Mocha Uson has been a subject of controversy since the early part of the current decade. Before, she was known for more risqué content involving sex and sexuality. Nowadays, she’s under fire for being an ardent supporter of President Duterte and being untrustworthy for sharing fake(d) news, among other things.
Uson explicitly mentioned in her Facebook page’s about section that she is not a journalist but an ordinary Filipino. Her right to say whatever she wants on her platforms is constitutionally protected under Article 3, Section 4 of the current basic law. This section also protects our freedom of speech and freedom of expression, subject to certain limitations.
I have no problems about her recent past, no matter how raunchy (or in some cases, degenerate) it was. I also do not have problems with her partisanship since she’s not in an industry, company or institution where people that are part of it are expected to be non-partisan and objective. Heck, she can as biased as she can be, similar to how some notable newsmakers like actors, sports figures, musicians and entertainers in the United States are rooting for either Donald Trump, Hillary Clinton or in some cases, Gary Johnson in the race for the White House.
However, I have issues with people promoting and sharing stuff from dodgy news sites. Not just from Mocha Uson’s Facebook page. There are fan pages both locally and internationally pushing this mostly inane and inaccurate nonsense. In the case of Mocha’s blog, there’s a mix of legit and not-so-legit sites that her blog links to. She sometimes reposts articles from mainstream news sites (aka “the bias[ed] ones”) on her page for the benefit of internet users who are relying on Facebook for their daily dose of news (an example can be found here). Since the Duterte administration came to power, she also shares accomplishments and feats from various government departments and offices like the Social Welfare and Development department under Judy Taguiwalo.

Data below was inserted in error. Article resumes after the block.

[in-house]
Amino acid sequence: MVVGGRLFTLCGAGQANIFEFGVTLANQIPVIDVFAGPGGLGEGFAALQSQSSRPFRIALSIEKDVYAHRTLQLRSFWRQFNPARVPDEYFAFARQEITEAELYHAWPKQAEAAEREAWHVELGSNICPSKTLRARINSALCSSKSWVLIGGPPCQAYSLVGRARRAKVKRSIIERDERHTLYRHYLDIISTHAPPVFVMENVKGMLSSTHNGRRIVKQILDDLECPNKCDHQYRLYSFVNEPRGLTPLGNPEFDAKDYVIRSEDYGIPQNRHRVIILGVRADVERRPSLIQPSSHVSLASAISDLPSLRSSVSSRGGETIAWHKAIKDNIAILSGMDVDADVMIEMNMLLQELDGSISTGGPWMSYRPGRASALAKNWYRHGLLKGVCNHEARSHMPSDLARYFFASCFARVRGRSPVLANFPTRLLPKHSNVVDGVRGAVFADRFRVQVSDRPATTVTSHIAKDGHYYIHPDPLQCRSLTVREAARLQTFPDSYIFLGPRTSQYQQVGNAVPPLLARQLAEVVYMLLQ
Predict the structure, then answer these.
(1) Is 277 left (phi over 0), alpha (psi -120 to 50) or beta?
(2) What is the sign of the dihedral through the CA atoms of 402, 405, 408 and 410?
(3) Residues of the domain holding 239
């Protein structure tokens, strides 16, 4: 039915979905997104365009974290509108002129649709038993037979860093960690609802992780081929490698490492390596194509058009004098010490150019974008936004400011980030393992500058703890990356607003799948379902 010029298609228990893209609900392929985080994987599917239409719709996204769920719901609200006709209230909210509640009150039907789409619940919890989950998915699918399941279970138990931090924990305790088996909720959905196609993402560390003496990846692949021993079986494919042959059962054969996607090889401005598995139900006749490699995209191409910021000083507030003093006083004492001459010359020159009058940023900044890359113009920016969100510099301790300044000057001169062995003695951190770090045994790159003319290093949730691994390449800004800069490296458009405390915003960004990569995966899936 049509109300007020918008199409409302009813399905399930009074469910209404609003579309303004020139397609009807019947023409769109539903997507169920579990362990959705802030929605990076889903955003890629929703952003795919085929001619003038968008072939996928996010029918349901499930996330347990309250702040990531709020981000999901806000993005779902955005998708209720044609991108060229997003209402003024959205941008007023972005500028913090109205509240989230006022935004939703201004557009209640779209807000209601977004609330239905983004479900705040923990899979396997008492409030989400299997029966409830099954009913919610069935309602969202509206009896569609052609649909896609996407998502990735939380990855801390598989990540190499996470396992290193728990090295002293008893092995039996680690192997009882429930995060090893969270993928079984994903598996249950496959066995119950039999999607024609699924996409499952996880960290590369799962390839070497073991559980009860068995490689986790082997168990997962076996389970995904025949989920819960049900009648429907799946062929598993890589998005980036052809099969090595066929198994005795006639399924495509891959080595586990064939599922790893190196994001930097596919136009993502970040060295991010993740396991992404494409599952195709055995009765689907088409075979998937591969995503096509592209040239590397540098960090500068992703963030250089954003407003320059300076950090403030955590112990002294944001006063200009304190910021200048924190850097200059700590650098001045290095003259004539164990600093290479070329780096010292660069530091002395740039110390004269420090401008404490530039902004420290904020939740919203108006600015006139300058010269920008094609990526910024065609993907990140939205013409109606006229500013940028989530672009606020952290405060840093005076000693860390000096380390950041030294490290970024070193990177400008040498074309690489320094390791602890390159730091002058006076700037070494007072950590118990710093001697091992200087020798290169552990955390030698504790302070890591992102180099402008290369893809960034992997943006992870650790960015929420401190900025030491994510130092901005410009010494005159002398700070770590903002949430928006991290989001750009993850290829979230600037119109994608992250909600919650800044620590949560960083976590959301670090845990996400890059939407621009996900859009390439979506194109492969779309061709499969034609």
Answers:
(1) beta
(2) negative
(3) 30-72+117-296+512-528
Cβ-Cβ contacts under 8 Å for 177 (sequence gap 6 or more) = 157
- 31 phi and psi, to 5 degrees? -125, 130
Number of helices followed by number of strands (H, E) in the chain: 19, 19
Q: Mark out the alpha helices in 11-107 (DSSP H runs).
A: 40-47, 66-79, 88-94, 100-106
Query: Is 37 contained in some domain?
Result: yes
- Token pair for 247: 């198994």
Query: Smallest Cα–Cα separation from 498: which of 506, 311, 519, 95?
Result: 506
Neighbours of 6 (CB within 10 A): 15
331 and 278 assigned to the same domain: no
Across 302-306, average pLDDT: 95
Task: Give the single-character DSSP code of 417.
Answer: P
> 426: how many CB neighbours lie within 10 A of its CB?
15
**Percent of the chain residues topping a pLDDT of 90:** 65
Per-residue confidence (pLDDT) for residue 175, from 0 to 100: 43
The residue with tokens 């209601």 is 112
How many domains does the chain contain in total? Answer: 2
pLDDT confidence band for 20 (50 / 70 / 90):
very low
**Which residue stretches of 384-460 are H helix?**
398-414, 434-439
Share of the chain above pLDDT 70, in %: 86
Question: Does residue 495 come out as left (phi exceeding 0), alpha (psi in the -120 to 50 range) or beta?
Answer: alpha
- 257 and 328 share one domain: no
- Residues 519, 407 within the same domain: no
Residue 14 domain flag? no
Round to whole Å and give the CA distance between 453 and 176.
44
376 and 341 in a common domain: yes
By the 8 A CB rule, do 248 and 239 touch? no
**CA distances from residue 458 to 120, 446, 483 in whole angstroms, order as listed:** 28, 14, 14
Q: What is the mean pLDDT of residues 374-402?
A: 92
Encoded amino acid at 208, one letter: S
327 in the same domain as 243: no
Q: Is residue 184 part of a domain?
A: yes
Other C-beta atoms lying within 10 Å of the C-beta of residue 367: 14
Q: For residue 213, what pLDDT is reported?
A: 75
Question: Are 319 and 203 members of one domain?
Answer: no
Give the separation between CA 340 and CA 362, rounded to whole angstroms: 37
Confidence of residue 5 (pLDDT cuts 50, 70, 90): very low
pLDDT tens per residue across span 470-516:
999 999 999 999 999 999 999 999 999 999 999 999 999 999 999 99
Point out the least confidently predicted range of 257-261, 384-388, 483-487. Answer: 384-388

Not all Facebook pages and profiles are like that, obviously. If they post stuff like that, call them out, even if some guy thinks that we need some laughter by sharing such fiction. (That means you, bruh.)
Now that she is writing a weekly opinion column in the Philippine Star starting this Tuesday, we should remember the popularized adage: “With great power comes great responsibility”.
UPDATE: While revising this entry, it appears that Regina Belmonte, daughter of one of the owners of the Philippine Star, is not pleased with its decision. Ms. Uson pointed out in her reply to Ms. Belmonte that the former is not a journalist, which was previously mentioned earlier in this post. Uson added that she “will still be grateful for being considered to write and express the cry of the ordinary people” if the newspaper decided not to push through its plans for her. I’m not surprised that such a reaction occurred, especially coming from a millennial member of the Philippine elite. If Max Soliven were alive, he’d probably drop some sanamagan bombs on Regina. Maybe on Mocha. Or both. May the truth continue to prevail.
ASIDE: I (re-)discovered Oscar Franklin Tan’s articles while doing my research on her. He has more level-headed opinions concerning her compared to some of his peers in the mainstream media. I don’t agree with most of his points but his articles, which are published in the Philippine Daily Inquirer (and Facebook page) are worth checking out.
 The said section states that “No law shall be passed abridging the freedom of speech, of expression, or of the press, or the right of the people peaceably to assemble and petition the government for redress of grievances.”
 I prefer the said paper over other broadsheets because of its more objective treatment of news stories and its caliber of columnists. I’m no fan of some of its current and former columnists like Billy Esposo, Teddy Casiño and some people in the lifestyle sections. But it’s a trade off that goes along with the things that I encounter from day to day.